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EET grad looking for work in North America

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I recently graduated from Purdue University's College of Technology with  a BS in Electrical Engineering Technology (Yes, they are ABET accredited).

My background (elective classes,final projects, etc.) is in controls (PLCs and process control techniques), embedded programming (C on Atmel AVR especially), and communications/RF. I'd prefer to focus on embedded electronics but honestly I'll consider a much wider variety of positions.

I'd prefer to stay in the Midwestern United States (Indiana especially), but I'm open to moving to any location that speaks English (domestic and abroad).

My senior capstone project was the re-engineering of an inductively heated vacuum casting machine; it involved reverse engineering of analog, digital, and power electronics, conversion of such to a modern design (which included embedded programming), design of a new PCB, and troubleshooting of the system.

My resume (which includes other info) is attached to this post. The highly detailed final report of the aforementioned project is available upon request (not attached due to file size).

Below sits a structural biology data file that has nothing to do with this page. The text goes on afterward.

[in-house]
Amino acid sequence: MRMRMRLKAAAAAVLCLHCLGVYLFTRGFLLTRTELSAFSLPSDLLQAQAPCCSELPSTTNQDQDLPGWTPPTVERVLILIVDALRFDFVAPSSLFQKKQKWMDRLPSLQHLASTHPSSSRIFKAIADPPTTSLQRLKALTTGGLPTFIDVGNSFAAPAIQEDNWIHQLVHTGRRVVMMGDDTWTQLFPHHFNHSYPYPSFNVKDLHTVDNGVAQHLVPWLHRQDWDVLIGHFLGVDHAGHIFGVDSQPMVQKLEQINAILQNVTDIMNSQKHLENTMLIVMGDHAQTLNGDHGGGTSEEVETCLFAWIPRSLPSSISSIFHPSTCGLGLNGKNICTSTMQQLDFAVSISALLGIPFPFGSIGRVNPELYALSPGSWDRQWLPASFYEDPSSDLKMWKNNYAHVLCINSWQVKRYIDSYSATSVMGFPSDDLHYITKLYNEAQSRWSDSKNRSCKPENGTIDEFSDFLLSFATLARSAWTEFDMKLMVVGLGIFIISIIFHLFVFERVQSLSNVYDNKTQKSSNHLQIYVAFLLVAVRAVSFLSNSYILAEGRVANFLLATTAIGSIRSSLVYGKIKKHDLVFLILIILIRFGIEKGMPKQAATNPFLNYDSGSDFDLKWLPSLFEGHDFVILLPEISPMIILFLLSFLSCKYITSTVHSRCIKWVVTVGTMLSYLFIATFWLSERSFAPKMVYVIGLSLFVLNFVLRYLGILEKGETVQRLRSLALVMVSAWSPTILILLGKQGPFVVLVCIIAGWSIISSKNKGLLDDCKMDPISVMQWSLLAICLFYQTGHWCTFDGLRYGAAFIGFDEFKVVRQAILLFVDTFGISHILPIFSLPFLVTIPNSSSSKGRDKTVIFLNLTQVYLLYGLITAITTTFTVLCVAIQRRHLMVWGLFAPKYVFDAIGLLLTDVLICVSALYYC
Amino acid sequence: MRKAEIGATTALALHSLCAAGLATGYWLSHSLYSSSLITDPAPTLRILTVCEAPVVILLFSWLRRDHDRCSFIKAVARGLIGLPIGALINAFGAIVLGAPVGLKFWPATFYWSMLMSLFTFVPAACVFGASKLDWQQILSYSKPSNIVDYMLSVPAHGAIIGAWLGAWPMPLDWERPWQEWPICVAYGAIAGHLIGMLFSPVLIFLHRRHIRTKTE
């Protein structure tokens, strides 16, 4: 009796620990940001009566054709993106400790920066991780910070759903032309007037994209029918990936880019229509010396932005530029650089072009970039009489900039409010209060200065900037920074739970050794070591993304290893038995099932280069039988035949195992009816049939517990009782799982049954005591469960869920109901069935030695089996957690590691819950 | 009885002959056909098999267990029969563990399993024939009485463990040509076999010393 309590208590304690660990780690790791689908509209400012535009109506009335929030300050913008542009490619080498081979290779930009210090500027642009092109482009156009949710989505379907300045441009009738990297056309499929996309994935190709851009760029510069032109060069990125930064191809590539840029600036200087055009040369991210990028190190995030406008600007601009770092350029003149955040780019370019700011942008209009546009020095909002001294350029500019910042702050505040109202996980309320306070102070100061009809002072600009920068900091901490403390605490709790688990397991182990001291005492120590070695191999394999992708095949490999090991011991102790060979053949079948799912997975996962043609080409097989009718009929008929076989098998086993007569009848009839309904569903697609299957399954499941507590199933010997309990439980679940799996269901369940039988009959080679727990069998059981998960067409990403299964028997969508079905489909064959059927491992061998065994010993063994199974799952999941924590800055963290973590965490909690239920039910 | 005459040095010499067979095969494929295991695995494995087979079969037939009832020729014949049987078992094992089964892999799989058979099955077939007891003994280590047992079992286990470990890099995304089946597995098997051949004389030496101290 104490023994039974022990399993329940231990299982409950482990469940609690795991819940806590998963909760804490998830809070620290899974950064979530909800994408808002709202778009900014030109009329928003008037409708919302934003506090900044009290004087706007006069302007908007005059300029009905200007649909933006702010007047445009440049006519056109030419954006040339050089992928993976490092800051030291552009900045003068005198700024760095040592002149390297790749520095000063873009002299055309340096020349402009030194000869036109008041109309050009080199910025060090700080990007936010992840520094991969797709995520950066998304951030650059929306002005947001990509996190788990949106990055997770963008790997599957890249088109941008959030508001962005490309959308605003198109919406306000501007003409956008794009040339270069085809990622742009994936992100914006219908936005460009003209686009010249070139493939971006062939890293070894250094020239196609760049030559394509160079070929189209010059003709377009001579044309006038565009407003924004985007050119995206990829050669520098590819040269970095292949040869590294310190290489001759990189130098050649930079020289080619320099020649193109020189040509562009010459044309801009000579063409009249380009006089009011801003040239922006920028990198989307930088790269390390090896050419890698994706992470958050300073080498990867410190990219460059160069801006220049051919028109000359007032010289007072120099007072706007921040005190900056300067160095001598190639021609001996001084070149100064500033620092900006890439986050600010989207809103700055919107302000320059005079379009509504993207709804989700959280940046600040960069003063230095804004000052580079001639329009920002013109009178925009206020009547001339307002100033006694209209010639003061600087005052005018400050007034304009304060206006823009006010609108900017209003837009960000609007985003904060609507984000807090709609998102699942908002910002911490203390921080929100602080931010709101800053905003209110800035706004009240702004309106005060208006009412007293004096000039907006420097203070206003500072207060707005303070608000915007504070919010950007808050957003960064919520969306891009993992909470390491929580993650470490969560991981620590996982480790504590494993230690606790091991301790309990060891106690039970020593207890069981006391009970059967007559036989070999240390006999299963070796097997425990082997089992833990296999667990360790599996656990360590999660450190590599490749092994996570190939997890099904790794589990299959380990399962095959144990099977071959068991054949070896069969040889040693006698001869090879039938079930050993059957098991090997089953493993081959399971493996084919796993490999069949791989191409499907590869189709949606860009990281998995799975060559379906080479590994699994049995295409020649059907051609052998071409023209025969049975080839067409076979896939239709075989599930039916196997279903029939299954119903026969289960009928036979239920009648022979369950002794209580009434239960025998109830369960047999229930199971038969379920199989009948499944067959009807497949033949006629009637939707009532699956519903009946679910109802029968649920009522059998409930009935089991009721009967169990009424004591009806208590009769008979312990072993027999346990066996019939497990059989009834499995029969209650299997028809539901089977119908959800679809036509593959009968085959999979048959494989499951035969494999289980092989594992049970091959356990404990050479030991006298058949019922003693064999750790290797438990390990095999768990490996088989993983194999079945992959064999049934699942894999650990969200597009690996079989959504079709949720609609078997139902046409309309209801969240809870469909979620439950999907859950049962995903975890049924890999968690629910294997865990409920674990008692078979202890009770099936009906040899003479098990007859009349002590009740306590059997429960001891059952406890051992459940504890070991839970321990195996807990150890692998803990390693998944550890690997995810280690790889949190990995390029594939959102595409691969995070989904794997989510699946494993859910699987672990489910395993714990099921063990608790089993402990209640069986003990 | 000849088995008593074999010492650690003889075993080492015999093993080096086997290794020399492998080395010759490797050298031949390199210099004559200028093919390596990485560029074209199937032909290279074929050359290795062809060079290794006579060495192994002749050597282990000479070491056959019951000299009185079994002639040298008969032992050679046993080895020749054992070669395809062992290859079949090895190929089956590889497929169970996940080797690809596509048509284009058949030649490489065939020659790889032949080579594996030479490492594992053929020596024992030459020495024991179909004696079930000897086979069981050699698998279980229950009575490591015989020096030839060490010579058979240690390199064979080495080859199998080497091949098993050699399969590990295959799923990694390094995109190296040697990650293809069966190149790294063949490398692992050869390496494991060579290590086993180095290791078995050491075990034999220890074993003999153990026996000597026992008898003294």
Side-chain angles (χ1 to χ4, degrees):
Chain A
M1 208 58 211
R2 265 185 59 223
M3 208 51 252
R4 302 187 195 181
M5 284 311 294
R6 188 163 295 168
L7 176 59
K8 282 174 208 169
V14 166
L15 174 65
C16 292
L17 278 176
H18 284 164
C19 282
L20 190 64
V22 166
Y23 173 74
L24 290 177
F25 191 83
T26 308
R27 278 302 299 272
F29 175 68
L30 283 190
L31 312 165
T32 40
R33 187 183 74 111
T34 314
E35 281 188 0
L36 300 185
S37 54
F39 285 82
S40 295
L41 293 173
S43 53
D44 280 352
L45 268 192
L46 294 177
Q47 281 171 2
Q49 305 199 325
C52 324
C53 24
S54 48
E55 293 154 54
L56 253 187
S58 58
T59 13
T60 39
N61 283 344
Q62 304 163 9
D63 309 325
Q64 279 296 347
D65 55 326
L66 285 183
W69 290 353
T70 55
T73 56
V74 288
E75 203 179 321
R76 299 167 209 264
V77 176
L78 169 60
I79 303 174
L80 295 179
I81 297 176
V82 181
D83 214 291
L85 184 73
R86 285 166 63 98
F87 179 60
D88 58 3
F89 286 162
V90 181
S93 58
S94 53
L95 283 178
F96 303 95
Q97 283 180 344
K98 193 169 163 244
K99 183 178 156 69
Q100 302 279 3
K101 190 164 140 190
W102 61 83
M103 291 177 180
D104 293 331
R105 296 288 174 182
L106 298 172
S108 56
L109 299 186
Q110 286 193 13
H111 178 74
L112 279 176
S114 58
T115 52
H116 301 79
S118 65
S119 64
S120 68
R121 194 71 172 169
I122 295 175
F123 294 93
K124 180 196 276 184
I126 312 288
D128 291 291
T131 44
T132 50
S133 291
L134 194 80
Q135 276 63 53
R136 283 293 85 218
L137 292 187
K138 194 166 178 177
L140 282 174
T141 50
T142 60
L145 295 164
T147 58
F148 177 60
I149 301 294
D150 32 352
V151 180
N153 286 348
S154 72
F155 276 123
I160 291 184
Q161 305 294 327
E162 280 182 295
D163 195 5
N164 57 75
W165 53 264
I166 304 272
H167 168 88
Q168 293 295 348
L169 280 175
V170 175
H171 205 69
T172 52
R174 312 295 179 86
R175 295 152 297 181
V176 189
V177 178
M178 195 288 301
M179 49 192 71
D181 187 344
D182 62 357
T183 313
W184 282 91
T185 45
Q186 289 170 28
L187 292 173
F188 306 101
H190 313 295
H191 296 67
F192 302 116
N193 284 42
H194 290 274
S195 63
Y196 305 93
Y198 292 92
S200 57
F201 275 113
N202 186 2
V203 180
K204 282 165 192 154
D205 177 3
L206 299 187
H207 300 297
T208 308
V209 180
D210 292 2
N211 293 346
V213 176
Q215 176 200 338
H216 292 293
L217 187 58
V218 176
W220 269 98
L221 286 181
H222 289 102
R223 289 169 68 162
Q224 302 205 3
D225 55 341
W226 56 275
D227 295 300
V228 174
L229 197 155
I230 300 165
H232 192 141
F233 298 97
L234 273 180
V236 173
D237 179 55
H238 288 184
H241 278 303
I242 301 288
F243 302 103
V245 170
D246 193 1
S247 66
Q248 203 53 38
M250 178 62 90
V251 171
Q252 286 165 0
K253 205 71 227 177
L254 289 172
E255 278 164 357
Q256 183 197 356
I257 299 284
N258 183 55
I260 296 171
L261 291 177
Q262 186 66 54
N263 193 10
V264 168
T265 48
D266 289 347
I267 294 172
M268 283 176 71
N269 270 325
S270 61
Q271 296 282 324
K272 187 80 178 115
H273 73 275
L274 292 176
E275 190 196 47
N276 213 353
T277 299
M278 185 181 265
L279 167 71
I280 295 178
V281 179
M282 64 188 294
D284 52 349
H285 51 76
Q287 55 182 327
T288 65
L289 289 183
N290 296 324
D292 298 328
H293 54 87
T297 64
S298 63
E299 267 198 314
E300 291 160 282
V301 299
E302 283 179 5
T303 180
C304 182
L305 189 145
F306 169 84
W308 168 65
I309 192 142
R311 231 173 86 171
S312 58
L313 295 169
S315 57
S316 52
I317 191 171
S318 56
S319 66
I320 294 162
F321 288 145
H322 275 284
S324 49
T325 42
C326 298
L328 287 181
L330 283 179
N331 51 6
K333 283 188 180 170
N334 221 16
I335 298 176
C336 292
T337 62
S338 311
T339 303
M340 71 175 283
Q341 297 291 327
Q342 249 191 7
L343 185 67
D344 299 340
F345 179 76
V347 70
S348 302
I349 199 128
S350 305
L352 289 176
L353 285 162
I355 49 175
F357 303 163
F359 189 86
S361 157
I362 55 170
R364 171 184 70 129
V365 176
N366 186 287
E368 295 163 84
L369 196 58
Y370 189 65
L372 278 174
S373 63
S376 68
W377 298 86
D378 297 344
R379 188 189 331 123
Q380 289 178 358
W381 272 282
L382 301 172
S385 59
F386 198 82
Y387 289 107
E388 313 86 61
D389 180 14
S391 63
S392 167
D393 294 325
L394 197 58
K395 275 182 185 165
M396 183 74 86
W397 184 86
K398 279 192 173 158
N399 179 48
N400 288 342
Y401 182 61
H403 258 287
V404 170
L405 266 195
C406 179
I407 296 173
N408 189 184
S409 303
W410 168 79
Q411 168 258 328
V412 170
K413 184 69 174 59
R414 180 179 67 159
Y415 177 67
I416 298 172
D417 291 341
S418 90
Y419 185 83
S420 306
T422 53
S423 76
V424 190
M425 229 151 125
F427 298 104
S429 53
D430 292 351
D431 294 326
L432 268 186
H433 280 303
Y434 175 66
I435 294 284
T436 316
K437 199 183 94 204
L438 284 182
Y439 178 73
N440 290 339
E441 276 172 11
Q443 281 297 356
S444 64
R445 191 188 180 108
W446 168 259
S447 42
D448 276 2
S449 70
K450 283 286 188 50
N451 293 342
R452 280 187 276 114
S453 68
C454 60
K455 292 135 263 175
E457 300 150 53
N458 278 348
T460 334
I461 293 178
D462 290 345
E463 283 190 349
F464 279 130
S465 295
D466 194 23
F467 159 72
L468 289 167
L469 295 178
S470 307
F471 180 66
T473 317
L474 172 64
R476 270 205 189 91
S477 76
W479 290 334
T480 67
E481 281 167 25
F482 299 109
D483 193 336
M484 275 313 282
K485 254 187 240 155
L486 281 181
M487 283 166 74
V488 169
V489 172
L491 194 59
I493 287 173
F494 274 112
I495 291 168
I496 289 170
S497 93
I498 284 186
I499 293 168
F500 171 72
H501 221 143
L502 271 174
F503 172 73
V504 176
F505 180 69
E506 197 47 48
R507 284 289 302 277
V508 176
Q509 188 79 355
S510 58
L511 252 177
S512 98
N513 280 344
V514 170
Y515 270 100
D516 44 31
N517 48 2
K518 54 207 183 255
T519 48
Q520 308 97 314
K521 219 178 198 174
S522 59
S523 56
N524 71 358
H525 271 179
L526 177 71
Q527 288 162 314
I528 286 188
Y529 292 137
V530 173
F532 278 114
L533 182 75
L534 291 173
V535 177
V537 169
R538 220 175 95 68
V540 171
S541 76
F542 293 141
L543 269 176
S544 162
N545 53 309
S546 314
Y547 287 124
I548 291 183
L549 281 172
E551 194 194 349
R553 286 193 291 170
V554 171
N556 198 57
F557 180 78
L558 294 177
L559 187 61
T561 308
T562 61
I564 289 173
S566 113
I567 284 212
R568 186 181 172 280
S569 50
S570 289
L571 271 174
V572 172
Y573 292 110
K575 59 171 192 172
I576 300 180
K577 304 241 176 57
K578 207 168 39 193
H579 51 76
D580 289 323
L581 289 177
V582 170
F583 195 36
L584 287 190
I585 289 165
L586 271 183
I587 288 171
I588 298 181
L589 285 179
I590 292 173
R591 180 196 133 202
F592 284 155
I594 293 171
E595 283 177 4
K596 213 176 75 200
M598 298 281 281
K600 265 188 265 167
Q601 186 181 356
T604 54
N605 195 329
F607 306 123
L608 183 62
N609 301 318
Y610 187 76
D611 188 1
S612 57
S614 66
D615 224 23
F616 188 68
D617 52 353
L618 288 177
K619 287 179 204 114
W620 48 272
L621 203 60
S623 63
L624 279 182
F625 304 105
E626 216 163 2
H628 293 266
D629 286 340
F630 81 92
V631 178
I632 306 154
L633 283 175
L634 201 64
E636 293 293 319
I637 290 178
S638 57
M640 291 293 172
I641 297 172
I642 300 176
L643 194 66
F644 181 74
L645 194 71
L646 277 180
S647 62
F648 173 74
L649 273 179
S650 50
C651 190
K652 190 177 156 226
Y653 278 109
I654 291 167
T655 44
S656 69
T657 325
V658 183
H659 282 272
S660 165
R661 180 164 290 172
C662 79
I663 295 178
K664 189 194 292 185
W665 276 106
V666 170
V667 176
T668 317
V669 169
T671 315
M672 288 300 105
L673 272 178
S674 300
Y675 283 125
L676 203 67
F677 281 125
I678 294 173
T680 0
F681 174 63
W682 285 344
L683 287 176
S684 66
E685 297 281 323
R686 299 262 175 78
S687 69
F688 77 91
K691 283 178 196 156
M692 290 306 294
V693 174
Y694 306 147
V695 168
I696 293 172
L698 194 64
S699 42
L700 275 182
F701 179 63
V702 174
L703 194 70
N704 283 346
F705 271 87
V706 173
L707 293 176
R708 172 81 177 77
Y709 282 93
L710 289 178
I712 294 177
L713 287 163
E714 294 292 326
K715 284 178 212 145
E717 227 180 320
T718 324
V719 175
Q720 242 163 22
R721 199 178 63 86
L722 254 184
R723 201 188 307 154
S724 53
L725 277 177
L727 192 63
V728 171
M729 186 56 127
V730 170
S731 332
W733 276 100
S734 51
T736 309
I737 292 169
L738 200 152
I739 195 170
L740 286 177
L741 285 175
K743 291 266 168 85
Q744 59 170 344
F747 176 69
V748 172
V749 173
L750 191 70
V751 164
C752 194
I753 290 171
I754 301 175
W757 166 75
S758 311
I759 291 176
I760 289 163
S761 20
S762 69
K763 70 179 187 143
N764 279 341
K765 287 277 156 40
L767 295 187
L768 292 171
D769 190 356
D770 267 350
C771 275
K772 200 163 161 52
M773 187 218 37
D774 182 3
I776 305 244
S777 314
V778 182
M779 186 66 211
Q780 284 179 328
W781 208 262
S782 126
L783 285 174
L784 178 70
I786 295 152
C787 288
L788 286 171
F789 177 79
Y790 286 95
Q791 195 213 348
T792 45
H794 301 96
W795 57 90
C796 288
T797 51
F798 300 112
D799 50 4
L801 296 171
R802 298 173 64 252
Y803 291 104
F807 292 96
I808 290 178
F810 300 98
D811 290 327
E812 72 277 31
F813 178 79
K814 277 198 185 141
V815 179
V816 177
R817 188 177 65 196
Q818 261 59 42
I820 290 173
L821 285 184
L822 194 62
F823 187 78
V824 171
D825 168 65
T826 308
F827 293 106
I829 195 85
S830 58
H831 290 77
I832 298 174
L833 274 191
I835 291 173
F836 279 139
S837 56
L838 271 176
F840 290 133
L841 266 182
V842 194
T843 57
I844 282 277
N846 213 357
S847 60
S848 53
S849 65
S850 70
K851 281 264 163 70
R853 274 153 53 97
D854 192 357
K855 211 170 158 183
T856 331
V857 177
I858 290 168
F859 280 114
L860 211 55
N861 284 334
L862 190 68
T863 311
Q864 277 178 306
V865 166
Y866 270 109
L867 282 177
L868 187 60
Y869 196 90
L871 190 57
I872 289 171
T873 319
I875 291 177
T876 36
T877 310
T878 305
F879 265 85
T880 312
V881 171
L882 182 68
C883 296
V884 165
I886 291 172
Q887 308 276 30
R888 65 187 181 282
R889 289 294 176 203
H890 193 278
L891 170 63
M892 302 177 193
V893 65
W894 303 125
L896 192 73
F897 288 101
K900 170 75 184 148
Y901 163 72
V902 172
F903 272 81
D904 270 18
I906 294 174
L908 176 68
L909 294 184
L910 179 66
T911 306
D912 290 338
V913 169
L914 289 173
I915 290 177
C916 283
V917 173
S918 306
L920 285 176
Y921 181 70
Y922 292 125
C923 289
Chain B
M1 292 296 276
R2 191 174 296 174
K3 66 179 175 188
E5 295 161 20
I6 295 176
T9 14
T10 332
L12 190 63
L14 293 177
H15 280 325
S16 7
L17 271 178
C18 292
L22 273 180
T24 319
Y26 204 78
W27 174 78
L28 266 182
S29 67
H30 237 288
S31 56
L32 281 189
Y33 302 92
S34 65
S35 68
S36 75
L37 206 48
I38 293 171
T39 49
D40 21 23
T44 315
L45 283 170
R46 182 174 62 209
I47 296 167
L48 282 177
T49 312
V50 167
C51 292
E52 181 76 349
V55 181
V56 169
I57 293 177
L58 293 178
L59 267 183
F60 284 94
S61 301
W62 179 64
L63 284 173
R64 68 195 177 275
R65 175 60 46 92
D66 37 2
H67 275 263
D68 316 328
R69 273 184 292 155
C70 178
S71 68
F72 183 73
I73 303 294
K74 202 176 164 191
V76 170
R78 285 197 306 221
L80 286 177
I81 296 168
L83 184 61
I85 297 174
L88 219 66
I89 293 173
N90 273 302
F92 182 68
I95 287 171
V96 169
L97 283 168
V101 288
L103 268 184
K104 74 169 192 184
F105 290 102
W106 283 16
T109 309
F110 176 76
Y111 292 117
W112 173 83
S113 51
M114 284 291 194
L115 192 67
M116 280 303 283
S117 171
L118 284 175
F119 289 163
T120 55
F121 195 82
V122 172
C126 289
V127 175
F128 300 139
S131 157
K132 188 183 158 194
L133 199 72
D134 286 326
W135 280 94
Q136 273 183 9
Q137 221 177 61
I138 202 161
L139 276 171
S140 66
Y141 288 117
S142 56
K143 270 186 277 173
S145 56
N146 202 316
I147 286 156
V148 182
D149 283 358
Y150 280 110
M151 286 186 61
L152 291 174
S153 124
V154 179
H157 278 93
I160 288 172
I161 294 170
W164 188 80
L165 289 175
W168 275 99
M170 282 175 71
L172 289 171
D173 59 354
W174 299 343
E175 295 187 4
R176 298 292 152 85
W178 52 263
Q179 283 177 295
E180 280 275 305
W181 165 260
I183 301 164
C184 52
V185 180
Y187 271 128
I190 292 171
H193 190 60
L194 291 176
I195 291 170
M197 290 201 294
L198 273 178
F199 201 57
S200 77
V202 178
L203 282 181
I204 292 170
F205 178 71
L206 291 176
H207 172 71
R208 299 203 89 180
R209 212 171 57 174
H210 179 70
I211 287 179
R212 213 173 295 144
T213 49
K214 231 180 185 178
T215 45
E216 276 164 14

Curious, was the induction heating in association with a company?


^Yes and No. It was for a 3rd party, who bought the machine (made for jewelry) to cast model engine parts. The machine was missing the control circuitry, which is why the project existed in the first place.

He also owns his own design/prototyping firm and his employees were working on it before I did, so in a way it was for a company? With small businesses like this, the line between personal projects and company projects is quite blurry.

3 months later, still looking. I'd post more but in fear of a potential employer judging my opinion I am not posting more on the subject (although this may get me judged anyway, talk about a catch 22).

Ok, so here's my take on this: You need to market yourself better. Nobody will get impressed by a one-page resume, especially not after one-shot post. I know from experience that one thinks that people should be impressed by ones accomplishments because one went through so much struggle to get that degree in the first place. Here's the thing: nobody cares. There are hundreds and thousands of engineers with the same or better skills competing for the same jobs. What you have to do is to *market* your services much better. Create a super-impressive web site. Create videos, show-casing what you know and your personality, create articles, etc. Use Internet and the "new media" as a TV (promotion) rather than a mailbox (sending resume). Hiring managers will only pay attention when they see something that stands out from the masses. This applies to any product or service out there.

Watch some of the below:


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